I feel that so often, American culture treats emotions not only as if they are here to stay but as if they need to be treated in order to go away.  Instead of making space for ourselves to fully experience difficult emotions, thus allowing the emotion to run its course and naturally pass out of our awareness, American culture often throws cures at emotions.  Cures that might look like a night of hard drinking, or more extreme, taking prescription drugs for an extended period of time that dull us to the natural ebb and flow of happy and sad times within our bodies.  Of course, these “cures” don’t hold the space for us to feel the emotion, the cause of which is the bottling up of said emotion, than storing that emotion within the physical body.  Emotion stored upon emotion within the physical body can create stress, tension, pain, injury, even long term illness.  This is one of the reasons it’s so important in a yoga class when stretching to take note of the old memories, thoughts, and emotions rising up.  As you’re able to create the space for your yoga practice and send the breath into these emotional stores of the body, you’re given a second chance to release those old stored memories, making way for fresh prana and fresh energy to rise up, and those old emotions that were never meant to be permanent now have a doorway out, a release into the universe.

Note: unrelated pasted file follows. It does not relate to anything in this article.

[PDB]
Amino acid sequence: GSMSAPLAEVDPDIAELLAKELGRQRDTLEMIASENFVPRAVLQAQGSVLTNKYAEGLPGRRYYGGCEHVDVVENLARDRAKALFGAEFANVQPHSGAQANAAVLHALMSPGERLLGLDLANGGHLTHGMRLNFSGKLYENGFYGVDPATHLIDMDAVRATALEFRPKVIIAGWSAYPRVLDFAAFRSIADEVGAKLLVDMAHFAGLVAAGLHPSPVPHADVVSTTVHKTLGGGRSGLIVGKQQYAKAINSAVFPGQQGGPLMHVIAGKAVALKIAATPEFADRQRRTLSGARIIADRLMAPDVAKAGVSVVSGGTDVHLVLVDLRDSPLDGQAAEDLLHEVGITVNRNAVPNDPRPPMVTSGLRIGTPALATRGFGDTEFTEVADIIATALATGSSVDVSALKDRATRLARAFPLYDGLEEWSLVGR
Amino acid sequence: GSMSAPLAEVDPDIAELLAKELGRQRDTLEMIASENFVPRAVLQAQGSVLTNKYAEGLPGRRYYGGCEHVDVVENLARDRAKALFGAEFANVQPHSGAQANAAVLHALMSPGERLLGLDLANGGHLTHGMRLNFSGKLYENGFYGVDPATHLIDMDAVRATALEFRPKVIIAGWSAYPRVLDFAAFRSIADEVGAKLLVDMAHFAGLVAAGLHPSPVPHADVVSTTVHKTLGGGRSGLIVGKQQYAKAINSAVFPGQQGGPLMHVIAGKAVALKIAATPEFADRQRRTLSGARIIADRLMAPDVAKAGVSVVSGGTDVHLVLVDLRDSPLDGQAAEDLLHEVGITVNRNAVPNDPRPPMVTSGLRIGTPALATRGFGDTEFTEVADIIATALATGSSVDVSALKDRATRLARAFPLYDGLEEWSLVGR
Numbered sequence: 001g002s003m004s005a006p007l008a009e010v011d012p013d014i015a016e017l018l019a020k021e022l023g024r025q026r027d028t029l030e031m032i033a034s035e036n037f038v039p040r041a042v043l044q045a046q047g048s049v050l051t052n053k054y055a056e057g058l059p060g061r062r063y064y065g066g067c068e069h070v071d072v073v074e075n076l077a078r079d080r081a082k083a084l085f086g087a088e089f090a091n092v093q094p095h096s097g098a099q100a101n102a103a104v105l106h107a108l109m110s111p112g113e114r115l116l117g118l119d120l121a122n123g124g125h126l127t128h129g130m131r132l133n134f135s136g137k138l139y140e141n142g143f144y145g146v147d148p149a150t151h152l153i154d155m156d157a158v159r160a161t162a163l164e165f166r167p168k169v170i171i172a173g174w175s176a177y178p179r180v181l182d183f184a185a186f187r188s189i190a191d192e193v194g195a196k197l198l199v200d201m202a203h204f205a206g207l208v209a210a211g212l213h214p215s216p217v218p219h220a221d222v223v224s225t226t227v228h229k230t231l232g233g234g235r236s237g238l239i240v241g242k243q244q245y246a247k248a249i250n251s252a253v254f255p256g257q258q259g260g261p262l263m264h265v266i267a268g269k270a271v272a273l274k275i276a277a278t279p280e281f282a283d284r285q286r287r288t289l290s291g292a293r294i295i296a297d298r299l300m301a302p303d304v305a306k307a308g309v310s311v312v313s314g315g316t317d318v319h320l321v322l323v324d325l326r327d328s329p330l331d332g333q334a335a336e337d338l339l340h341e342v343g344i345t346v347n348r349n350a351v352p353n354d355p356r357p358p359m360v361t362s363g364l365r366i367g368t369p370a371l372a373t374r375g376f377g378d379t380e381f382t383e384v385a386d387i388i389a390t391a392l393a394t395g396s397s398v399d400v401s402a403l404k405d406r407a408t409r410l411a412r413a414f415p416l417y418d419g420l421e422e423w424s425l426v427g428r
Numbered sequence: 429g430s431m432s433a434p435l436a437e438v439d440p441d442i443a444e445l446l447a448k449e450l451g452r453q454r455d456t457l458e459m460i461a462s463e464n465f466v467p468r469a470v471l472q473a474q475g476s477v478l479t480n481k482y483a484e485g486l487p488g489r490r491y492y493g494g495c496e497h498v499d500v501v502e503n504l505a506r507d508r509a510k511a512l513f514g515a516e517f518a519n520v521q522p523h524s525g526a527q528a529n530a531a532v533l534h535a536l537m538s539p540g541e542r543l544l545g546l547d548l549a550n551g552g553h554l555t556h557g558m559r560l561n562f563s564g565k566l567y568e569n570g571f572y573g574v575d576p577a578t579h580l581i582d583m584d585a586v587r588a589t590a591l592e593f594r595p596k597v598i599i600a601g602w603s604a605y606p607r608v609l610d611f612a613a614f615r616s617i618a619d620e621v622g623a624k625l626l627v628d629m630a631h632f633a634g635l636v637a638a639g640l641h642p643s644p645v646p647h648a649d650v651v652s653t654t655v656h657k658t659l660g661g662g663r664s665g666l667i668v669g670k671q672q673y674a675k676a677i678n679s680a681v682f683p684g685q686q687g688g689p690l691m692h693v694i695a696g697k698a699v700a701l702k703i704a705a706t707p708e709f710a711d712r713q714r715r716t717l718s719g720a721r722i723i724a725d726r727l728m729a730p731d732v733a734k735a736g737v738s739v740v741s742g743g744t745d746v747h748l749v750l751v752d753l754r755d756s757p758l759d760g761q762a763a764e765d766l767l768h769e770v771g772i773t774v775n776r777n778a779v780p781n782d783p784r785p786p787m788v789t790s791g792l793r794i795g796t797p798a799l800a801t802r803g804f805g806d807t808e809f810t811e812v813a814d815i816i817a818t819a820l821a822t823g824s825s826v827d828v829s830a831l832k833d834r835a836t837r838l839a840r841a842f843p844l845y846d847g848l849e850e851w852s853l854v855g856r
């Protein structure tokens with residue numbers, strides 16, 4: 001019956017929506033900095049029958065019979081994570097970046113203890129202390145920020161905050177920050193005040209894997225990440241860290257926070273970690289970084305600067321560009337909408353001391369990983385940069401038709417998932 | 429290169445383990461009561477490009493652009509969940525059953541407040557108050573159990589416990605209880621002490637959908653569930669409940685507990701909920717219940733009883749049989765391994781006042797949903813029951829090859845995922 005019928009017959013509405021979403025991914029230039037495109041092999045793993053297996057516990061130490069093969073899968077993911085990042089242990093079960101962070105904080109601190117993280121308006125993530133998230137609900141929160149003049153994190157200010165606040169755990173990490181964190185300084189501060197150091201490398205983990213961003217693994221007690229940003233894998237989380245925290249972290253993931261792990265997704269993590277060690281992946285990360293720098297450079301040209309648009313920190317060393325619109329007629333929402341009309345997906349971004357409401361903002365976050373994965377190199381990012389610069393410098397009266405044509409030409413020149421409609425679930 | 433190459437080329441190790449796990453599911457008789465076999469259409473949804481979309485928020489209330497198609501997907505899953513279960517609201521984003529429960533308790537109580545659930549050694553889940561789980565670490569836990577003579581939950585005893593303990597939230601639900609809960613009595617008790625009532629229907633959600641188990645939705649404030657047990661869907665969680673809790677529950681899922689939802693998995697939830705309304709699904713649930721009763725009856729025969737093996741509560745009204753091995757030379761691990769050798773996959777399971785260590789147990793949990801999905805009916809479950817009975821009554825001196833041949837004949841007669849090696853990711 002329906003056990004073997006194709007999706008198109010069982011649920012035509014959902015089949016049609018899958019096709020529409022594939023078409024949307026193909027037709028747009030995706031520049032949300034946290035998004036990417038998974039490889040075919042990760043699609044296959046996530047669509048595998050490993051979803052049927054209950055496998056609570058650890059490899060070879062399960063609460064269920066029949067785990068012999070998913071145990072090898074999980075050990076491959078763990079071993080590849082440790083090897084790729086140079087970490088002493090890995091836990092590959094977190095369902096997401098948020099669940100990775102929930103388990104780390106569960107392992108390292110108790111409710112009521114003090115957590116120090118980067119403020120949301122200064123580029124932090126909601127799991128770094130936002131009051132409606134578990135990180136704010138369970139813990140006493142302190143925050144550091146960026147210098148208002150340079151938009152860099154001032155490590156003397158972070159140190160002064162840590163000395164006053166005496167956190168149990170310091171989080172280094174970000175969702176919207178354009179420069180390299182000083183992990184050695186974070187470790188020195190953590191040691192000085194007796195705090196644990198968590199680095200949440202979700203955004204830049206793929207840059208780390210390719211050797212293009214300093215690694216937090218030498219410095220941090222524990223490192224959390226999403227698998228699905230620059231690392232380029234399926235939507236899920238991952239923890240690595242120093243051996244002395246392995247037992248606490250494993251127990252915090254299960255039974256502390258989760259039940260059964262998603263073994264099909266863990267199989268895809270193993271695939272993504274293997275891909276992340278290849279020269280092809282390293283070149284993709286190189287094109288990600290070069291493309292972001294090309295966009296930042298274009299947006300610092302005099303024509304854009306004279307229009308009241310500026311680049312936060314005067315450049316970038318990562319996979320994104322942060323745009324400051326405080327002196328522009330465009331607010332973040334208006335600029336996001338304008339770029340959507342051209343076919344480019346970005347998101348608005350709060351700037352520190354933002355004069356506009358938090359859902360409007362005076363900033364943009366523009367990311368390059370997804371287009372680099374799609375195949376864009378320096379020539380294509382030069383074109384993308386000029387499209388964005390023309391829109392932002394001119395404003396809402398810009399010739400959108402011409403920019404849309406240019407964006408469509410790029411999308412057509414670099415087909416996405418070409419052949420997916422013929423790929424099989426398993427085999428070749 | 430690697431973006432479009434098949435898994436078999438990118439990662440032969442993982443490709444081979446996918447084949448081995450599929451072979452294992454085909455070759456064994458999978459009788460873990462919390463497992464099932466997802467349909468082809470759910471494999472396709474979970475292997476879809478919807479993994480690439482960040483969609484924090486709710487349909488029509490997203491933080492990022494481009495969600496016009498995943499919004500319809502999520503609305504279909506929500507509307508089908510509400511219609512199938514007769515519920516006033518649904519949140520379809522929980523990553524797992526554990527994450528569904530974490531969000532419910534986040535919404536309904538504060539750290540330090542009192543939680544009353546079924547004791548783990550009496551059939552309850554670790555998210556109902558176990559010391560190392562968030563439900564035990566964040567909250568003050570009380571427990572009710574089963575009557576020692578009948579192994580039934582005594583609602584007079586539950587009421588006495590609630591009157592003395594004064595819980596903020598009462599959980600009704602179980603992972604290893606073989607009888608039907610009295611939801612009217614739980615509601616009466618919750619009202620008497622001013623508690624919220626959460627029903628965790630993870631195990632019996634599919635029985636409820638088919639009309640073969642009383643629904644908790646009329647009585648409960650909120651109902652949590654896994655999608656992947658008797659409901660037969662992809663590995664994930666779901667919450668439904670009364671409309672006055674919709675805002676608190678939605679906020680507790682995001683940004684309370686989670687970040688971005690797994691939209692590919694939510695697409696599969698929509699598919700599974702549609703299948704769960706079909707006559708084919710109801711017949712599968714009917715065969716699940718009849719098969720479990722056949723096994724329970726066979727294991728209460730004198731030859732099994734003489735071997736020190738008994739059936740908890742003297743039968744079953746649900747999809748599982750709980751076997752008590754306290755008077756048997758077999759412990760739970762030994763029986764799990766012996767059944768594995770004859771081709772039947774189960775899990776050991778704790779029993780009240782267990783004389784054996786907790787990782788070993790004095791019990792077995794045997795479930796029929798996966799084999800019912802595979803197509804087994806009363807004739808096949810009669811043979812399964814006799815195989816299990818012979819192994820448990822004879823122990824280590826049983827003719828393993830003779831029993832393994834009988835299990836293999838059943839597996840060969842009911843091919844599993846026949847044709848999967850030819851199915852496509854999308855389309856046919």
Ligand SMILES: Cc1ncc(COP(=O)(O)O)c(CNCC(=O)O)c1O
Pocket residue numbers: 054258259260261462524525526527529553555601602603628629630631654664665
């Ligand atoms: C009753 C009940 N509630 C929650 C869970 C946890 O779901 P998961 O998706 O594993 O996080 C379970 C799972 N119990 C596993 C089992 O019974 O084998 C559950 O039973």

Another wonderful example of not identifying with these passing feelings is the way to express hunger, or thirst.  In espanol, you would say Tengo hambre, or tengo sed to express being hungry or thirsty.  The exact translation for these is I have hunger, or I have thirst.  Instead of fully identifying oneself with these constantly changing needs of the body, the Spanish language allows an opportunity to step back into the seat of the Observer, the Brahmin within, and note that the body is experiencing a need for food or water.  This pulling back into the seat of the observer is a doorway into the powerful practice of meditation.  This pulling back and watching, oberving, taking note, and making space is the practice of Svadhyaya, the yoga of self-inquiry, self-discovery.  As one is able to dive into the infinite space within, one learns more about the human condition and the world without.  Thus bringing a union to the inner and the outer, creating space for the divine and the human experience.

In this way, I’ve been using this space for learning and growing and exploring a new language to also learn and explore and grow my own understanding about the way that I communicate.  I’ve been re-learning the power of words and language.  How the messages we give ourselves shape our experience on an intrinsic level, one that’s simple to miss if you only skate the surface of conversations.